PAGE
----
- Brain-derived neurotrophic factor (BDNF), a protein member of the neurotrophin family of growth factors, has been associated with the modulation of cognition, neuroplasticity, angiogenesis, and neural connectivity. The role of BDNF in the improvement of metabolic and cardiovascular functions and in delaying the onset of neurodegenerative diseases has received increased attention. Current evidence has pointed out the influence of BDNF levels on structural and functional brain changes, including hippocampal neurogenesis, long-term potentiation, increased hippocampal volume, and survival of new born hippocampal neurons. Thus, higher BDNF levels have been associated with better cognitive performance, attention, and spatial memory. Indeed, reduced BDNF concentrations have been found in patients with dementia, mild cognitive impairment, Alzheimer’s disease, and major depression.
- A previous meta-analysis reported that aerobic exercise programs with moderate-to-vigorous intensity in adolescents did not result in a significant increase in BDNF levels. Another systematic review reported a dose response in terms of the frequency and intensity of the programmed sessions in samples including people with a variety of health conditions (i.e., healthy individuals, chronic patients). However, neither of these explored the immediate effect of exercise at different intensities on BDNF levels. Although it is known that exercise intensity is correlated with heart rate (which has been linked to BDNF levels) and that the abovementioned reviews suggest the intensity of exercise is positively related to increases in BDNF levels, there is a lack of evidence about whether or not there is a threshold of exercise intensity from which a significant increase in BDNF concentrations can be observed. This information could be relevant to guide individual exercise prescriptions aimed at improving cognitive performance.
- Therefore, the aim of the present study was to estimate the immediate changes in BDNF levels after exercise interventions at different intensities based on clinical trials in healthy young adults. Additionally, we explored whether acute changes in BDNF levels varied based on time spent on HIE (i.e., ≥30 or <30 min) or with respect to baseline cardiorespiratory fitness.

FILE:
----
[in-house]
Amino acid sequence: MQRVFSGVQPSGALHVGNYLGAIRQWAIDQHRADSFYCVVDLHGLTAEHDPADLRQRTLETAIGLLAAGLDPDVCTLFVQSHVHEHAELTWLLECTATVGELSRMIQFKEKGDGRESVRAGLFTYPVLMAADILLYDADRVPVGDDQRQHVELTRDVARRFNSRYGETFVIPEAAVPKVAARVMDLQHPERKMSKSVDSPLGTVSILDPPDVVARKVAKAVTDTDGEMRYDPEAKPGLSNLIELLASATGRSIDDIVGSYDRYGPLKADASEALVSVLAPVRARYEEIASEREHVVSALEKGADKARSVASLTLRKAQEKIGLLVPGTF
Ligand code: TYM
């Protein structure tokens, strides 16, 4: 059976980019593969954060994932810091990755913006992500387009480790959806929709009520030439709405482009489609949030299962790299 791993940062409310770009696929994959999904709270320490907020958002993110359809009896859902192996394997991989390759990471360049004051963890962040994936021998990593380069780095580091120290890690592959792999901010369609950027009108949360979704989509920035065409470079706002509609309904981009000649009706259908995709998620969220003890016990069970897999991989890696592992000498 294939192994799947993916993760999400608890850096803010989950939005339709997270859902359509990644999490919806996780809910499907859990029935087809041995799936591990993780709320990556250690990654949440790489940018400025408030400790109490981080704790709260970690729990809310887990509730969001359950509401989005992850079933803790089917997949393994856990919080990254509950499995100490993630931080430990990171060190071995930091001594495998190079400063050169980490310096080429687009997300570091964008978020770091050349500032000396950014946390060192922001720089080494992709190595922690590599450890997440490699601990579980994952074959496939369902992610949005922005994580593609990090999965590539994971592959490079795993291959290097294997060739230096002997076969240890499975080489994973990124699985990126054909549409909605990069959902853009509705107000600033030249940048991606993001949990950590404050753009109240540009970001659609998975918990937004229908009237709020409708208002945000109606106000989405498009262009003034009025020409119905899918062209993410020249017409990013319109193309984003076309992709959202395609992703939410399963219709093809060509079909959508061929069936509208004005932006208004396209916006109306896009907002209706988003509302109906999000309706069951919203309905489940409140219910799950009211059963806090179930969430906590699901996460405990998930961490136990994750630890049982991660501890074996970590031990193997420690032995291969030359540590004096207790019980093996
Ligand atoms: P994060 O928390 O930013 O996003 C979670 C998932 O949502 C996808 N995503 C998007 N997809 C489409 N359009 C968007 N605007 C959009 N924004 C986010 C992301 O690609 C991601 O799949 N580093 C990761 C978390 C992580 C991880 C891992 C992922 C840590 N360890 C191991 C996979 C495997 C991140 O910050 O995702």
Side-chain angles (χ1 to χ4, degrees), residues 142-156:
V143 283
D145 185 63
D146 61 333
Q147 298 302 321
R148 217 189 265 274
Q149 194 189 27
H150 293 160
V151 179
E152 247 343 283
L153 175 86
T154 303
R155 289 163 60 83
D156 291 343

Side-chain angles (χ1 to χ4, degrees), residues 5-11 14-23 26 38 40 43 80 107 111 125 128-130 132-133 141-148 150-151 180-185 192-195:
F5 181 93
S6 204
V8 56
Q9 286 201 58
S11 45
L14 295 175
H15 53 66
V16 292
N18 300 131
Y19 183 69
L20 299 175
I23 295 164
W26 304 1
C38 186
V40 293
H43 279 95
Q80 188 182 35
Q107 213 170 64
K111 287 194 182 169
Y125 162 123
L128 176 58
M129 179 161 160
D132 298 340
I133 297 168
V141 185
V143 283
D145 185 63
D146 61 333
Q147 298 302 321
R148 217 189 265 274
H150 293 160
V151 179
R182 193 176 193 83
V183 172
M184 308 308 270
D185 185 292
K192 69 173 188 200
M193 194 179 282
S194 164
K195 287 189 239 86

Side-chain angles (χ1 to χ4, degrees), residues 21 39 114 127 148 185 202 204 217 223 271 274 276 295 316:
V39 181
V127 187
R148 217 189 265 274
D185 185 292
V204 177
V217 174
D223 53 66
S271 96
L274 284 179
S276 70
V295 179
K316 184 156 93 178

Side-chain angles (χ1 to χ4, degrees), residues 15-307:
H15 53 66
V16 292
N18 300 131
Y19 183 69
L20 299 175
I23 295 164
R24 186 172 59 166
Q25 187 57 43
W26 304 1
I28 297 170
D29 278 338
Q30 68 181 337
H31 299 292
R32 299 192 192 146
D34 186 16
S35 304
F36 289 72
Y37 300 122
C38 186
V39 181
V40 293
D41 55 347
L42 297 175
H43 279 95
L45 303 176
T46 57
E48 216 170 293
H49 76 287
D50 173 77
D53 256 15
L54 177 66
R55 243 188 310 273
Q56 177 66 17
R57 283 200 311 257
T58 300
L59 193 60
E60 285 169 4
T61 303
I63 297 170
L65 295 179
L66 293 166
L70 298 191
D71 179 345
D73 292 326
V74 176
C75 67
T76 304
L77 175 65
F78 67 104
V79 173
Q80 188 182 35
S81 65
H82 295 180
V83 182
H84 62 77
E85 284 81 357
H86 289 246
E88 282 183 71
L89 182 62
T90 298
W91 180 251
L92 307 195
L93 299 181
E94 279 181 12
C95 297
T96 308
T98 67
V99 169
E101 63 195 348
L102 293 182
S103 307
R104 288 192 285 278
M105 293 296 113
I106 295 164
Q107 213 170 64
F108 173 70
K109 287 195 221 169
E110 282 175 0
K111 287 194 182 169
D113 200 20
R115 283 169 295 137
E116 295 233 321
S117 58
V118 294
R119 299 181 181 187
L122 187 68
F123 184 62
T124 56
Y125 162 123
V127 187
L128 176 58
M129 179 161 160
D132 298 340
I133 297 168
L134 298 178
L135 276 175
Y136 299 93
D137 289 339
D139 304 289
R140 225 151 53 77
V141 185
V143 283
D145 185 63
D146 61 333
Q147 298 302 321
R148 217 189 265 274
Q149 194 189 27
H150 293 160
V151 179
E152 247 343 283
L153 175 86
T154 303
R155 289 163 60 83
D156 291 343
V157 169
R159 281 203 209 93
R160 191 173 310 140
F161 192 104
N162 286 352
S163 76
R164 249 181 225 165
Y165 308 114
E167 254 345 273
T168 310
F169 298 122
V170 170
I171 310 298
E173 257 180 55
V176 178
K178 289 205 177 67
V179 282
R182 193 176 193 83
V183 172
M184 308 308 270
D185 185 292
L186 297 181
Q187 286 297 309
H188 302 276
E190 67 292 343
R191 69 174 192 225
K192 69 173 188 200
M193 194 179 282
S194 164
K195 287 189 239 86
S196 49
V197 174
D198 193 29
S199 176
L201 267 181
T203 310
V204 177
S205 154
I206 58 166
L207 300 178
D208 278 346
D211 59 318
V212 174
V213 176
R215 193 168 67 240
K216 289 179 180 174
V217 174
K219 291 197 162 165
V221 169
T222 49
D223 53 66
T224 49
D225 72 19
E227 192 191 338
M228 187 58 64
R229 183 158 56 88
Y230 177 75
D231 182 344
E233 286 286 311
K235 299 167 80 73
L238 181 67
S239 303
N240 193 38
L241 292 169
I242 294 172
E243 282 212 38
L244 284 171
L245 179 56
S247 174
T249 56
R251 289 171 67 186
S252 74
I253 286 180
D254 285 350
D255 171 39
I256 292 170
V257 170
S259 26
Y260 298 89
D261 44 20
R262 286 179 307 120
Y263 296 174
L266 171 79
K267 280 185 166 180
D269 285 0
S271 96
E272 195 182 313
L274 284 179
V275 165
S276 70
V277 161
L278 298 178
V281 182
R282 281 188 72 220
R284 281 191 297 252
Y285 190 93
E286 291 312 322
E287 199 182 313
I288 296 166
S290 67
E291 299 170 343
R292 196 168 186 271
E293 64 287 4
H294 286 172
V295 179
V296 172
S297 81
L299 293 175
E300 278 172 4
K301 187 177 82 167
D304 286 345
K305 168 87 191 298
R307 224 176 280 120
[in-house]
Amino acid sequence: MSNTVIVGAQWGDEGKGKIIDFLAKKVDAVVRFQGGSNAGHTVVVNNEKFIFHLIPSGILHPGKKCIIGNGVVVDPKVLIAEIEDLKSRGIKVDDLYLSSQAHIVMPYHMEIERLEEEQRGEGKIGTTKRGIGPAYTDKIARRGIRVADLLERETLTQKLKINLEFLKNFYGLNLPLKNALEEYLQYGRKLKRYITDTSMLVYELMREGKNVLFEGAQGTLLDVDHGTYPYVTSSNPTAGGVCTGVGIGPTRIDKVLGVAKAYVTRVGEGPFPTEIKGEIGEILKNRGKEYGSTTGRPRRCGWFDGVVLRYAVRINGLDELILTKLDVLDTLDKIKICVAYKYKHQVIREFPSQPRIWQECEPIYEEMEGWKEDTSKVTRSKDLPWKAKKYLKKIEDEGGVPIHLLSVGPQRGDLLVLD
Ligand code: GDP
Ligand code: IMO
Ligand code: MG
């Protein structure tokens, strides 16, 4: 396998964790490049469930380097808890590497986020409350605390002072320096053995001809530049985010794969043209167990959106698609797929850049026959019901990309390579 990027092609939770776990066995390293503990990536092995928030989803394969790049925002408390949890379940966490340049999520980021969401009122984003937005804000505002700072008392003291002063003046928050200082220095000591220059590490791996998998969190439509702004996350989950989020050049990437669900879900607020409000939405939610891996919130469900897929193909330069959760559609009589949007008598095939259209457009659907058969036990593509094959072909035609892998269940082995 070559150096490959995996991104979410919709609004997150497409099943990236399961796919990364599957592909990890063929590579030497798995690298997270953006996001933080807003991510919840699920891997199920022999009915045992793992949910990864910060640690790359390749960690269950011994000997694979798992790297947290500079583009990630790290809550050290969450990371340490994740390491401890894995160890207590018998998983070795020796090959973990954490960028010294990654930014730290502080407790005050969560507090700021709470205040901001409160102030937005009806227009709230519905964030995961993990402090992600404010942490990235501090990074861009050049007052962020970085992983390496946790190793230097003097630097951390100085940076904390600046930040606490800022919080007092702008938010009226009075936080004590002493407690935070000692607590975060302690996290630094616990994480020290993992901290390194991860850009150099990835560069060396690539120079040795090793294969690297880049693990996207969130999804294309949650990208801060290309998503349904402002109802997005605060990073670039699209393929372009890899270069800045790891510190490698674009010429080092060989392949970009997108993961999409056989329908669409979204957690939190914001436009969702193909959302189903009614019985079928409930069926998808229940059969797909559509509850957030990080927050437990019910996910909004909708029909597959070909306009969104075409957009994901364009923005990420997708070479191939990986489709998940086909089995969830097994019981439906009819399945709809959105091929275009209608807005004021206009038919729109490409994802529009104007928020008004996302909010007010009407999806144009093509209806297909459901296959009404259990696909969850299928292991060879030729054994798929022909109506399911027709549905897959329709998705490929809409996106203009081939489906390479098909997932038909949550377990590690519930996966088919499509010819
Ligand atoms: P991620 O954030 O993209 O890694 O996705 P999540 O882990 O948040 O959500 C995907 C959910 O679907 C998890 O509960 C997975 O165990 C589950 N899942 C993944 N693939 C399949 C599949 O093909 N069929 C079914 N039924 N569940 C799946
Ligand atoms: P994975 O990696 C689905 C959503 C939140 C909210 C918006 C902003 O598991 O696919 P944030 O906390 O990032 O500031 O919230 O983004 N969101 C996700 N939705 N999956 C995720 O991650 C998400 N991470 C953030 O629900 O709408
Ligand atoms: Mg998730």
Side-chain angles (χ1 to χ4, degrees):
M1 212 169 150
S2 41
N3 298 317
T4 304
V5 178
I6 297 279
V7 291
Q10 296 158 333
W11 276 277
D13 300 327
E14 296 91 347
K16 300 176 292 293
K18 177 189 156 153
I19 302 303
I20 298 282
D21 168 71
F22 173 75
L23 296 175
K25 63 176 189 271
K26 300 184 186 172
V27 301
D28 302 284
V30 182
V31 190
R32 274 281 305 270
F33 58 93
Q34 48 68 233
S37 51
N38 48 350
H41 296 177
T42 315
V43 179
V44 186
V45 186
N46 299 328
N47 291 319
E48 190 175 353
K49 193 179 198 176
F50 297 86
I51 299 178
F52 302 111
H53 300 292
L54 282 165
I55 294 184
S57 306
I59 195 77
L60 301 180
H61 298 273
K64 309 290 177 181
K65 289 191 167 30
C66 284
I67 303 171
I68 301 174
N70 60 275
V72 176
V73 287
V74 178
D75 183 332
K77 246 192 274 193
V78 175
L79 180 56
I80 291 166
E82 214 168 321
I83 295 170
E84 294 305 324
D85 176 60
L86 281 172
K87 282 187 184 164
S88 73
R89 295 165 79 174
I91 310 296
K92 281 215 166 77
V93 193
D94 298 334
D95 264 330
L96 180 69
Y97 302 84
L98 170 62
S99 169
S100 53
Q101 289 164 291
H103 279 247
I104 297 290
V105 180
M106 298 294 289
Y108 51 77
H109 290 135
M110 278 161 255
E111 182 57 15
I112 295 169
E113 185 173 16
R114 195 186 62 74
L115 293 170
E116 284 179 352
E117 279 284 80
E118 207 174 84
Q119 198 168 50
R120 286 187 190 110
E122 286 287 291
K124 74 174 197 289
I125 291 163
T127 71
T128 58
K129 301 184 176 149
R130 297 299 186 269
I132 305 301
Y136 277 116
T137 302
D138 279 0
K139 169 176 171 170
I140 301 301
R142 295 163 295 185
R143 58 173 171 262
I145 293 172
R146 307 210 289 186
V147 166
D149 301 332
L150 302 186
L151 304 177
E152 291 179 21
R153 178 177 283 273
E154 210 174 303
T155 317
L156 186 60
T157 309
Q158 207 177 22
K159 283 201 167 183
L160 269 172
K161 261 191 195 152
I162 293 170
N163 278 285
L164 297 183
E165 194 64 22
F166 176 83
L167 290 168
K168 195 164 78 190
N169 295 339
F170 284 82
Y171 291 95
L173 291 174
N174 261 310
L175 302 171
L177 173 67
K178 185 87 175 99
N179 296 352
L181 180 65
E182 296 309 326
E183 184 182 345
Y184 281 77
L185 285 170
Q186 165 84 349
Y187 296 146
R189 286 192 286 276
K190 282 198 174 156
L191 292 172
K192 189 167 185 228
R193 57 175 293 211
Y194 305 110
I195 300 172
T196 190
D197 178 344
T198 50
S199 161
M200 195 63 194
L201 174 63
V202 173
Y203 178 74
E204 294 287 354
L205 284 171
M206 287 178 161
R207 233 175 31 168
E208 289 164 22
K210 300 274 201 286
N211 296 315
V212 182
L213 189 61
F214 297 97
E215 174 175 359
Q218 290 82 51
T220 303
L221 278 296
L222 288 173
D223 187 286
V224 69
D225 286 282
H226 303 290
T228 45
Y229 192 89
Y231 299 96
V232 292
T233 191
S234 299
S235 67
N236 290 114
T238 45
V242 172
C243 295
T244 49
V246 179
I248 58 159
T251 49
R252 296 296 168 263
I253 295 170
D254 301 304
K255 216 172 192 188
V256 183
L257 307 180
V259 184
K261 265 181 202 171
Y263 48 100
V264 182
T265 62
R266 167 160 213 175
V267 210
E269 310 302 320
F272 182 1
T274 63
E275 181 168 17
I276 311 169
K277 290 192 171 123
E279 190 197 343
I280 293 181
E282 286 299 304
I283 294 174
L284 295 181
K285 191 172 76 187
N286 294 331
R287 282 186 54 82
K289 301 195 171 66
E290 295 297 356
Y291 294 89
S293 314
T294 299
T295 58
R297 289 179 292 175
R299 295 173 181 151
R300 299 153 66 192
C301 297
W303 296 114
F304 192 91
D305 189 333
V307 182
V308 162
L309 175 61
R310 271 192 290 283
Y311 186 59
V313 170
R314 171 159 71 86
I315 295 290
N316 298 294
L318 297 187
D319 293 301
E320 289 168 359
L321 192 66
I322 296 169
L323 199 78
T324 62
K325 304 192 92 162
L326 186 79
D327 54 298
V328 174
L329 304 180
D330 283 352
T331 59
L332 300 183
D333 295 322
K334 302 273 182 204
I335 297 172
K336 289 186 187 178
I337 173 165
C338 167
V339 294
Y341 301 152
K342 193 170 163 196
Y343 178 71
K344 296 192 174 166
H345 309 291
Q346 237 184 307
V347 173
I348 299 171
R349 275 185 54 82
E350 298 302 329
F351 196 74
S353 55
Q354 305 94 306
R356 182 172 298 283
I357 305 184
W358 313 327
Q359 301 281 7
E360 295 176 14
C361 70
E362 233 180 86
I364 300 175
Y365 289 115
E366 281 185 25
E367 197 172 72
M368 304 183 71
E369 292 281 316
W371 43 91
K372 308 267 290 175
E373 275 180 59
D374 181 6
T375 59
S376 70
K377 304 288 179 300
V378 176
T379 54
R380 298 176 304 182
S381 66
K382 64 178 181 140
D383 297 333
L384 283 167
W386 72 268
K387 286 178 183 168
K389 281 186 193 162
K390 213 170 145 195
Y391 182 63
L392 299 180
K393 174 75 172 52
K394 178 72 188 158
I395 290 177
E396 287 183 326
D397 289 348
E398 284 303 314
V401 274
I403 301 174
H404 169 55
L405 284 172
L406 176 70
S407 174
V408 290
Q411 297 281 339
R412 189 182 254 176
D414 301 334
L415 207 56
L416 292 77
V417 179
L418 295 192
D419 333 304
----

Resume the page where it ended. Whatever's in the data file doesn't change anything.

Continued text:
- Although brain-derived neurotrophic factor (BDNF) has been identified as a molecular biomarker of the neurophysiological effects induced by exercise, the acute effects of high-intensity exercise (HIE) on BDNF levels are inconclusive. This study aims to estimate the immediate effects of HIE on BDNF levels in healthy young adults.
- A systematic search was conducted in the MEDLINE, Embase, Cochrane CENTRAL, and SportDiscus databases up to December 2020. Randomized controlled trials (RCTs) and non-RCTs reporting pre–post changes in serum or plasma BDNF after an acute intervention of HIE compared to a control condition were included. Pooled effect sizes (p-ESs) and 95% confidence intervals (95%CIs) were calculated for RCTs using a random effects model with Stata/SE (Version 15.0; StataCorp, College Station, TX, USA). The Preferred Reporting Items for Systematic Reviews and Meta-Analyses guidelines were followed. PROPERO registration number: CRD42020221047.
- A total of 22 studies with 552 individuals (age range: 20–31 years; 59.1% male) were included. The meta-analysis included 10 RCTs that reported valid outcome data. Higher BDNF levels were observed when HIE interventions were compared with non-exercise (p-ES = 0.55, 95%CI: 0.12–0.98; I2 = 25.7%; n = 4 studies) and light-intensity exercise (p-ES = 0.78, 95%CI: 0.15–1.40; I2 = 52.4%; n = 3 studies) but not moderate-intensity exercise (p-ES = 0.93, 95%CI: –0.16 to 2.02; I2 = 88.5%; n = 4 studies) conditions
Available online 1 September 2021
RubénFernández-RodríguezaCeliaÁlvarez-BuenoIsabel A.Martínez-OrtegaVicenteMartínez-VizcaínoArthur EumannMesasBlancaNotario-Pacheco
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